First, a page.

Livin' on the MDedge

Flying acid zombies, poster face-lifts, and feces of champions


 

The flying dead

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Just when you thought cicada infestations couldn’t get worse – the cicadas are now zombies on an acid trip.

West Virginia University researchers recently discovered that a fungus called Massopora, which has compounds similar to those found in psychedelic mushrooms, can infect cicadas and cause seriously weird behavior.

How weird, you ask? Well, male cicadas try to mate with everything they encounter, even though the fungus has eaten away their limbs … and their genitals. Talk about a bad trip.

It gets worse. These zombie-like cicadas are flying around and exposing their healthy brethren to the fungus. So, now we have to worry about potentially billions of these buggers becoming rotting, flying, hypersexual machines.

Makes a person really want to stay inside for the whole summer, perhaps in a fortified bunker. Just in case.

Also, for the curious: One of the study’s authors concedes that if a person were “motivated enough,” they might be able to get high off the cicada fungus. Not interested in finding out exactly how many cicadas you’d have to crunch on before you start tasting colors?

Poster do-over

It’s time to get ready for a revolution – and just in time for 4th of July. No, we’re not redeclaring independence from Britain. It’s something much, much more radical, at least to the scientific community.

Get ready for … the redesign of the science poster.

Mike Morrison, a doctoral student in psychology, has proposed a new way to present information at meetings that breathes new life into the tired poster design. While fascinating insights could be held on a poster, the reality of meetings and conferences is that people often skim over the posters they see, barely registering the information.

Morrison is taking advantage of the ever-present smartphone to ramp up the classic science poster to a new level. He proposes a format where the key research finding is smack in the middle, in big, readable language. Accompanying this is a QR code you can scan, which would take you to a page with the full details of the study.

Morrison tweeted out his idea, and it spread quickly through the scientific community, gaining traction from younger scientists and students who love the idea.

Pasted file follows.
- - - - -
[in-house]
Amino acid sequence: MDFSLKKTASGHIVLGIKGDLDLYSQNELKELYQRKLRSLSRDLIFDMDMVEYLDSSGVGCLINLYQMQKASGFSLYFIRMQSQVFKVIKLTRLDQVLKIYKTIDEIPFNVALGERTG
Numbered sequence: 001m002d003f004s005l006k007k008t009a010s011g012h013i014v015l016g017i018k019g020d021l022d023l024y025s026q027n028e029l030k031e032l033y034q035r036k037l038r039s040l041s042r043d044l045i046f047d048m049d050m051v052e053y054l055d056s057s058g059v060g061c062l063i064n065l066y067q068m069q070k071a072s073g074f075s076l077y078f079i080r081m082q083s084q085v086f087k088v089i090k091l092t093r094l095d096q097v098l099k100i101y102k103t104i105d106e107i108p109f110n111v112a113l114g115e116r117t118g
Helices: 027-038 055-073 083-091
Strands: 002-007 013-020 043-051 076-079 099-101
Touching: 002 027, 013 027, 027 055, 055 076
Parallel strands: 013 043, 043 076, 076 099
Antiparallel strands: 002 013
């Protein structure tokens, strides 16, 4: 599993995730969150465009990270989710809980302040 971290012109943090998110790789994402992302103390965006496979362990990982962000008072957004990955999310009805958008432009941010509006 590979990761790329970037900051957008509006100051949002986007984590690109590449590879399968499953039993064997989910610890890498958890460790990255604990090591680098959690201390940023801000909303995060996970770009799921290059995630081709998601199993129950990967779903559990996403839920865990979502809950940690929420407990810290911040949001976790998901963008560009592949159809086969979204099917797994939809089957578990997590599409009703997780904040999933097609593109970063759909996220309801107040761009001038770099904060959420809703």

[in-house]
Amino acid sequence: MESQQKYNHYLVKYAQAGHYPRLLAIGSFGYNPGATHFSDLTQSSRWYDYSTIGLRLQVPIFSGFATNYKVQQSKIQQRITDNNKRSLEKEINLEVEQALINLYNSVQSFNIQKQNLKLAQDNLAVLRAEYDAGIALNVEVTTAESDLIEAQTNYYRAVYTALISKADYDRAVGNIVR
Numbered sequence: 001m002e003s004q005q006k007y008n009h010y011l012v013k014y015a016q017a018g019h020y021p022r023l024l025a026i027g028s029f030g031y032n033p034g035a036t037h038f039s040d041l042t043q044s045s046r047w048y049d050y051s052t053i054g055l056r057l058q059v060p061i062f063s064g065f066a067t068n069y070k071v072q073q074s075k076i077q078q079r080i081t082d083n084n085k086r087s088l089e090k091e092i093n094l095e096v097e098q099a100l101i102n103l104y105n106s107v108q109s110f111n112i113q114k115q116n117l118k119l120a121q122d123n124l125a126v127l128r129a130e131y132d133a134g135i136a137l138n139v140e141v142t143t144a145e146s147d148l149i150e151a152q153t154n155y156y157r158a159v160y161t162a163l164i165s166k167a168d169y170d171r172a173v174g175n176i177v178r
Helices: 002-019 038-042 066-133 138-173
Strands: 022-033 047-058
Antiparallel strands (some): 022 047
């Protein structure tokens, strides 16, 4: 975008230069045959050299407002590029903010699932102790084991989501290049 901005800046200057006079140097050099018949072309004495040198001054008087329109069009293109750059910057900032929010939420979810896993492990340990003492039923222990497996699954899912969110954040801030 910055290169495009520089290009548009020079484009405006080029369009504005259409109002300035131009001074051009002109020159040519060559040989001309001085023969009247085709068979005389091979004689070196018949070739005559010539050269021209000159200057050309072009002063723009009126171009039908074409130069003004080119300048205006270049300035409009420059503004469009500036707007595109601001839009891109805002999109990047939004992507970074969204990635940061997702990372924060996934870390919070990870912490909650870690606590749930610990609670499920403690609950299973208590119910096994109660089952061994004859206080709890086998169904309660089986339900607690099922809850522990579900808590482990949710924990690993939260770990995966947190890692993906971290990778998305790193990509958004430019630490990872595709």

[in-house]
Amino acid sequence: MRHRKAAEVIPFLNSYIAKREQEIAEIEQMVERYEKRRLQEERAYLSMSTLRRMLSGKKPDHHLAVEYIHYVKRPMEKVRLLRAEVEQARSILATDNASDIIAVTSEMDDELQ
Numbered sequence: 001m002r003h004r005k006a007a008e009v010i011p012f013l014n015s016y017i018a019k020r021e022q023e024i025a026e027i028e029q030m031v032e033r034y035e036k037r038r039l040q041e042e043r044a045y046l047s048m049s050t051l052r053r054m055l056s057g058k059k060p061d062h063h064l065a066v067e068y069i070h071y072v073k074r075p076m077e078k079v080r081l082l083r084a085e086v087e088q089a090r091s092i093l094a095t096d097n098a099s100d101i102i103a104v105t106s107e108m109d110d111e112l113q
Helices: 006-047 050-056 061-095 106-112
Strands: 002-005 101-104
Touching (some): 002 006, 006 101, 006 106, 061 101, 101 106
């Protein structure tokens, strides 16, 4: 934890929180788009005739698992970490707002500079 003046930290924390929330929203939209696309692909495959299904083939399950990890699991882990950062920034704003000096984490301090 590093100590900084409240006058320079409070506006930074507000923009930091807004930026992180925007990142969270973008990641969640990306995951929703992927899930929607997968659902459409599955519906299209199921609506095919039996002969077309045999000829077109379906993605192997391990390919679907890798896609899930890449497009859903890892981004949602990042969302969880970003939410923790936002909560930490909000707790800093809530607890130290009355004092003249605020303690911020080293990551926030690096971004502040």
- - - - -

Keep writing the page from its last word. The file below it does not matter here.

We’re in the age of remakes now – in which classics are reinvented for a new audience. It’s time the science poster got a face-lift, too.

Running a marathon, one Veillonella at a time

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Exhausted runner after race

What’s the difference between an elite athlete and a person who’s out of juice after running for 30 seconds?

Well, many things, we’re sure. A proper diet, rigorous training, not spending 12 hours a day sitting behind a computer screen. But just to add insult to injury, according to a study published in Nature Medicine, athletes even poop better than us normal people.

That may require a bit of explanation. A group of researchers from Harvard University, Boston, analyzed stool samples from elite marathon runners before and just after they participated in the 2015 Boston Marathon. They found that, following the race, the athletes had significantly higher amounts of Veillonella in their microbiota. This bacteria breaks down lactic acid, which is made during intense exercise and causes muscle fatigue and stress.

Naturally, the next step was to take that bacteria, feed it to mice, then get them running on a treadmill.

While not every mouse fed Veillonella saw increased performance, on average, mice that received the bacteria saw a 13% improvement over their non–Veillonella enhanced friends.

The researchers noted that this sort of probiotic treatment could be useful to patients with metabolic diseases, such as diabetes. Plus, there’s the obvious benefit to athletes. We look forward to hearing advertisements swearing by Veillonella-infused Wheaties, the true breakfast of champions.

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